Introduction to Automation via vCenter Orchestrator – Part 2 Installation and initial configuration

This post is a follow up from my previous post about the introduction to the vCenter Orchestration and it’s architecture within the vCenter system infrastructure. The first part can be found at

This part will handle the installation options and the initial configuration before starting to use the system.


For the installation of vCenter Orchestration we have the following options:

  • Use the vCenter server installation to install vOrchestrator with your vCenter server. This is the default and simplest way.
  • Use the installer on the vCenter installation media to install the vCenter Orchestrator separately from your vCenter server. This is especially for dedicated Orchestration servers or role separation. The installer can be found on the media in the directory vCenter-ServervCO and the application installer is vCenterOrchestrator.exe. This also minimize the hassle of the initial configuration as those are moved to the installed (;-)), just add the vCenter connection in the vSphere web client.
  • Use the vCenter Orchestration Virtual Appliance to deploy as a OVF in your infrastructure.

I have installed vOrchestrator from the vCenter Server installer.  This installs to the vCenter location as defined in the installer input. The directory within the infrastructure structure is called Orchestrator. The installer creates two services, namely the VMware vCenter Orchestrator configuration service for the web configuration, and VMware vCenter Orchestrator Server for the service (where the vCenter and web client connection will be to). These services open web service for port 8283 for the configuration and 8281 for the Orchestrator API. These services are installed in a stopped manual state.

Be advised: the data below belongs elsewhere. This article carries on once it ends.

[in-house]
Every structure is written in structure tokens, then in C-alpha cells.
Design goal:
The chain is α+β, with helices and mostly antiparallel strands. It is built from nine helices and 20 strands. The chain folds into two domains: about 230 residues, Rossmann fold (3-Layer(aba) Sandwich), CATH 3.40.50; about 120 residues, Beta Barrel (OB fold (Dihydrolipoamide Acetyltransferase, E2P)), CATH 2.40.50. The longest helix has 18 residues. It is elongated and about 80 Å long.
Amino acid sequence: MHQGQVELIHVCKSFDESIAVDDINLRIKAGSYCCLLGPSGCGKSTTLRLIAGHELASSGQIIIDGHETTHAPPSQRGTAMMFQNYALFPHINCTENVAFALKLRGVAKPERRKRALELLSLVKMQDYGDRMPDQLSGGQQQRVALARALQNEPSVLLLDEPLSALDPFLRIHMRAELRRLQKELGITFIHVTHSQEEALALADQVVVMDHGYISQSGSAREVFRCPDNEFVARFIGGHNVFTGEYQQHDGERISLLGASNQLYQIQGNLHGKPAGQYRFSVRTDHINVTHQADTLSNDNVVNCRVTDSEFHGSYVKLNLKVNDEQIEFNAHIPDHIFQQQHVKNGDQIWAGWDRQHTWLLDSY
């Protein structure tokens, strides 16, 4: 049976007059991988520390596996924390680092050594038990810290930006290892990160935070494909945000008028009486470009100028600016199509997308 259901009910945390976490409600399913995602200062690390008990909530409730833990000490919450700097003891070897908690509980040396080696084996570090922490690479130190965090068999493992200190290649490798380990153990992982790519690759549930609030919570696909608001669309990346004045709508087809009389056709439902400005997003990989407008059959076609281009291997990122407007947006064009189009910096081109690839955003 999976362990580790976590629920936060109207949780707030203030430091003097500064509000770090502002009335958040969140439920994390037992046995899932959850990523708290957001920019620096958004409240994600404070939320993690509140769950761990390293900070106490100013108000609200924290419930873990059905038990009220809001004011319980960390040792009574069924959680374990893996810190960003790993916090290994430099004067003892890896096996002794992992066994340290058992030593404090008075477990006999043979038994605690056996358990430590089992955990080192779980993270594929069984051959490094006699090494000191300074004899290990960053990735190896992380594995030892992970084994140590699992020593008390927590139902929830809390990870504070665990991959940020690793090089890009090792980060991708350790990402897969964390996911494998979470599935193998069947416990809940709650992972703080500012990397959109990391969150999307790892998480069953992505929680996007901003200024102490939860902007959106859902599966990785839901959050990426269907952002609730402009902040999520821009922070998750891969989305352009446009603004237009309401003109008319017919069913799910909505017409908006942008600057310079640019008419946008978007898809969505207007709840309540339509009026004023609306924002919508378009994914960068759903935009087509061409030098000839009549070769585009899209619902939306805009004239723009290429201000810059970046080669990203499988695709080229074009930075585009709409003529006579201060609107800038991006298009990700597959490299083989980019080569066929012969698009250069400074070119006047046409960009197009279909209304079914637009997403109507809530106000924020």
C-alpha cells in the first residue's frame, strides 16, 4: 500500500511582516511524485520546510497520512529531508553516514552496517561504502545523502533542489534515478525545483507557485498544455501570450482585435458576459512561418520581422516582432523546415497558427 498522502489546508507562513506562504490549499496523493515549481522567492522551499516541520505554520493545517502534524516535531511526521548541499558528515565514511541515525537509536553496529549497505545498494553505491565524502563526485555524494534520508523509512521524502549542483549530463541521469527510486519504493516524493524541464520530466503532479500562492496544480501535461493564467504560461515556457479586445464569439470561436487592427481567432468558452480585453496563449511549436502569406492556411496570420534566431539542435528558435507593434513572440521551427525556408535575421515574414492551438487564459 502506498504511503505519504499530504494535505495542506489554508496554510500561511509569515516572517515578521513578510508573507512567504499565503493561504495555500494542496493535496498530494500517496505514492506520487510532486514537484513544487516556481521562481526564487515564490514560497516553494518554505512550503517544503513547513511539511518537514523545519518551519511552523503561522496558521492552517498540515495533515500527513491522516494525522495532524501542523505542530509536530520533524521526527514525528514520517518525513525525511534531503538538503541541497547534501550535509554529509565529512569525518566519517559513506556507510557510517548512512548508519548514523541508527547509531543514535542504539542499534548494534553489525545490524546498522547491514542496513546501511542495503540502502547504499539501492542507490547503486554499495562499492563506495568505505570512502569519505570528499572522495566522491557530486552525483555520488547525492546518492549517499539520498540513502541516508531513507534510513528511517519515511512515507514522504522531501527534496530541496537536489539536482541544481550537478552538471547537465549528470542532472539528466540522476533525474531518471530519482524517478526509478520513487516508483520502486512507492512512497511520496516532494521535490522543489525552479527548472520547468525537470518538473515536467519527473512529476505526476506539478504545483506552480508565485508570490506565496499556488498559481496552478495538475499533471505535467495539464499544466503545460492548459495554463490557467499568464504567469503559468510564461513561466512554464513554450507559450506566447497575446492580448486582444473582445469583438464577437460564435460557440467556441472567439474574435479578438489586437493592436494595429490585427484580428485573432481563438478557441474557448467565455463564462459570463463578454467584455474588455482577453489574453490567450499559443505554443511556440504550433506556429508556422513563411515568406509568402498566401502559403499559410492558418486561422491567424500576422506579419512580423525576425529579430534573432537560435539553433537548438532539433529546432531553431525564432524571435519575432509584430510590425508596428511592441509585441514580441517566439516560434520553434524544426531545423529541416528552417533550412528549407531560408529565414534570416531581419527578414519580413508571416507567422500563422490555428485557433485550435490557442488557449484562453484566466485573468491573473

For a small environment with testing or just a small amount of workflows the default vCenter or embedded database can be used. But for a production environment a specific database is highly recommended. I have setup a MSSQL 2008R2 database to be connected to from vCenter Orchestrator. This is an empty database with 1GB space and 10% growth. The databases will be created from the configuration.

Initial Installation

For the initial installation we start up the VMware vCenter Orchestrator configuration service and set this to automatic. After the system starts up, we can connect a browser to https:<servername>:8283/

The initial username and password is, vmware with password vmware. The default password is changed upon connecting. The vmware user cannot be changed.

We see some greens (hooray) and some reds (boooo).

First up check the network settings. These should be okay. Next up import the SSL certificate of the vCenter server. Go to Network – SSL Trust Manager

Fill in the details of your vCenter server at Import from URL. I have installed this on the same host, so https://localhost is sufficient. This needs to be repeated from every vCenter you want to add (a maximum of 20 per Orchestrator).

Next up settings the authentication method. Orchestrator supports LDAP and SSO authentication.  If we want Orchestrator to work from the web client we need SSO setup.

We have to import the SSO certificate in SSL Trust Manager. Import from URL and connect to the SSO on the server. https://localhost:7444 for example.

Next click on authentication and select SSO authentication from the mode drop-down menu.

Add the same URL as the SSL import. For admin and password use the SSO admin credentials. Either [email protected] or any other account you have selected as SSO admin. This account is only used on registering or removing. Click on register.